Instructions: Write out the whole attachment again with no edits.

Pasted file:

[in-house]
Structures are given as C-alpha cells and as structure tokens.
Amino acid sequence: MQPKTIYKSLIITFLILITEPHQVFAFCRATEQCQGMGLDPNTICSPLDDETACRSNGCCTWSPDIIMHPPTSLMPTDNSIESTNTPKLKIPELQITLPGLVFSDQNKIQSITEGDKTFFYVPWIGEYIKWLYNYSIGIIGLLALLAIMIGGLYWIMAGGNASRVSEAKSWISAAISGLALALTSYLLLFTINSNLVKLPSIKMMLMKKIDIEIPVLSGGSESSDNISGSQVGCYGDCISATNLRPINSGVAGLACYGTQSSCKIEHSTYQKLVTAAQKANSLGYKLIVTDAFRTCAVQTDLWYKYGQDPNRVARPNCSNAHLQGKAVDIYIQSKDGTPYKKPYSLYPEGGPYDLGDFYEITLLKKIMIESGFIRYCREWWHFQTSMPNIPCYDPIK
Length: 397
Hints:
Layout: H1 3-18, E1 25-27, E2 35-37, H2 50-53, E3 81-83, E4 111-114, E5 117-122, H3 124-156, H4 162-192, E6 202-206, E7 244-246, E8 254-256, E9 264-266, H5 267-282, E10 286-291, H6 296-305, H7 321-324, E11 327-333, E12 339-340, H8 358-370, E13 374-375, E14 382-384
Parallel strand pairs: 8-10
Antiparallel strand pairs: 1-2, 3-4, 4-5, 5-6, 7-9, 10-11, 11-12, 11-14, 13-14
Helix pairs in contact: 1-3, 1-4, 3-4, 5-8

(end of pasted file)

[in-house]
Structures are given as C-alpha cells and as structure tokens.
Amino acid sequence: MQPKTIYKSLIITFLILITEPHQVFAFCRATEQCQGMGLDPNTICSPLDDETACRSNGCCTWSPDIIMHPPTSLMPTDNSIESTNTPKLKIPELQITLPGLVFSDQNKIQSITEGDKTFFYVPWIGEYIKWLYNYSIGIIGLLALLAIMIGGLYWIMAGGNASRVSEAKSWISAAISGLALALTSYLLLFTINSNLVKLPSIKMMLMKKIDIEIPVLSGGSESSDNISGSQVGCYGDCISATNLRPINSGVAGLACYGTQSSCKIEHSTYQKLVTAAQKANSLGYKLIVTDAFRTCAVQTDLWYKYGQDPNRVARPNCSNAHLQGKAVDIYIQSKDGTPYKKPYSLYPEGGPYDLGDFYEITLLKKIMIESGFIRYCREWWHFQTSMPNIPCYDPIK
Length: 397
Hints:
Layout: H1 3-18, E1 25-27, E2 35-37, H2 50-53, E3 81-83, E4 111-114, E5 117-122, H3 124-156, H4 162-192, E6 202-206, E7 244-246, E8 254-256, E9 264-266, H5 267-282, E10 286-291, H6 296-305, H7 321-324, E11 327-333, E12 339-340, H8 358-370, E13 374-375, E14 382-384
Parallel strand pairs: 8-10
Antiparallel strand pairs: 1-2, 3-4, 4-5, 5-6, 7-9, 10-11, 11-12, 11-14, 13-14
Helix pairs in contact: 1-3, 1-4, 3-4, 5-8